Originally Posted by 09 harley
I would like you to reread the post. Apparently the physics part was just glossed over. Please give a more detailed explanation. I believe we all understand that hot air rises. Thatís the whole point. Also helium is lighter than sir. Thatís the whole point. The interaction between these two gases is the whole point. What part of my post do you not understand. I consider myself to be a good teacher and I would like the opportunity yo clear up any misconceptions you may have.
Class is now in session.
I fully understand the physics. That is how hot air balloons float. The large balloon is filled with enough hot air to over come the weight of the basket and occupants.
You can not get enough helium in your tires to lift the vehicle as you say. You are the one that does not understand, what you say is Impossible.
To lift your car would take a HUGE amount of helium. The amount in your tires is a change of weight of maybe 100 grams.
A quote from PHYSICS, "Helium is less dense than air. Helium has 0.0114 pounds per cubic foot. For a one cubic foot helium filled balloon , gravity pulls the down on the helium with a force of 0.0114 pounds while the air pushes up with a force equal to the weight of the air the helium displaced, or 0.0807 pounds. The difference in the up and down force is 0.069 pounds. Therefore each cubic foot of helium could lift 0.069 pounds. In order to lift 100 pounds (which would include the weight of your load, the balloon, and the helium) you would need 1449 cubic feet of helium. This would require a balloon with about a 15.5 foot diameter. If instead you used small spherical (one foot diameter) balloons (which holds about 0.526 cubic feet of gas), it would take over 2754 of them to lift the 100 pounds." That is 1449 cubic foot to lift 100 pounds. Physics. That would be A LOT OF GAS TO LIFT 4000 POUNDS.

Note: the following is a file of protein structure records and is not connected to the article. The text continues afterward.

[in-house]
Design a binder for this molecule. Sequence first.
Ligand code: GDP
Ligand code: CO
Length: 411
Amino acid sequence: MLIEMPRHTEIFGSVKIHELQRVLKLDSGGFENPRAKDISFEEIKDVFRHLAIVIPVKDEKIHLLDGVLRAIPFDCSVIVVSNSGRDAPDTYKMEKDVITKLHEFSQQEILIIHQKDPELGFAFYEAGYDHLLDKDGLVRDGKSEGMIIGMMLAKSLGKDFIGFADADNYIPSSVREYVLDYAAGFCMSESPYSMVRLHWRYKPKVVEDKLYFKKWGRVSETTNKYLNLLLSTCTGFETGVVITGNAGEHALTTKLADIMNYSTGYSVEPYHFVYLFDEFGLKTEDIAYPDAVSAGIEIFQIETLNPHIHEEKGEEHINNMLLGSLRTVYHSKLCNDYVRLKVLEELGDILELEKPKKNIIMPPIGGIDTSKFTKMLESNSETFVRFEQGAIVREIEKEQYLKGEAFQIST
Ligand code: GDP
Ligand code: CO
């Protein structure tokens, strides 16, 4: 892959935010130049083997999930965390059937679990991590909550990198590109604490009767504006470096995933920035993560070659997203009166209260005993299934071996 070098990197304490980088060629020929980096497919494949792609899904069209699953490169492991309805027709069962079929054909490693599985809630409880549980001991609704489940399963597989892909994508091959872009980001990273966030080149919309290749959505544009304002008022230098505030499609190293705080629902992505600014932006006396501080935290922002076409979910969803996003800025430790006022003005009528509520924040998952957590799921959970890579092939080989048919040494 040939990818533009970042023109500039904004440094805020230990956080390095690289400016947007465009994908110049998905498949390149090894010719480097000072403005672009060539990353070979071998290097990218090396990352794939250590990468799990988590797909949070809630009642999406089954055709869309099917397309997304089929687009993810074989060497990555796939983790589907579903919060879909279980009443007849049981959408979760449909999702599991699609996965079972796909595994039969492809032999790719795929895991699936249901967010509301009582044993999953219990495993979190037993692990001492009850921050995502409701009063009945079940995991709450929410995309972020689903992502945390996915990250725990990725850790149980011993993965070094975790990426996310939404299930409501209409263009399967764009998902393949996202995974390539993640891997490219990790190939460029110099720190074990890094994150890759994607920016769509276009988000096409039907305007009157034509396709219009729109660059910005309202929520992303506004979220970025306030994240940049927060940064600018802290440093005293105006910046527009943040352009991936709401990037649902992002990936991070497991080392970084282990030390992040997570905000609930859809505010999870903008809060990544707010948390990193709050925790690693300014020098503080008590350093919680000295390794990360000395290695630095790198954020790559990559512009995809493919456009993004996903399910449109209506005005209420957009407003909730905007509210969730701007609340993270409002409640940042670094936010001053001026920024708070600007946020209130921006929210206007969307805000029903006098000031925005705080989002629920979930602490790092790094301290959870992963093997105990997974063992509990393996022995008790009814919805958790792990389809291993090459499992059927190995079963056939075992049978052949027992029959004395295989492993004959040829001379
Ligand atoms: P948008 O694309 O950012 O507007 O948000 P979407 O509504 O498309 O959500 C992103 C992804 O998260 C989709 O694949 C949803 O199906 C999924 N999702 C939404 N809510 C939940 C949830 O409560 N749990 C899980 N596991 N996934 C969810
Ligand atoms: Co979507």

Another article for you to read if you have to fill your tires with other than air, like nitrogen, which really isn't much better than air.
I'll keep filling with air and check-in pressure periodically and not worry about floating away. If you really think you can make your car tires with enough helium to float a little, then keep on dreaming.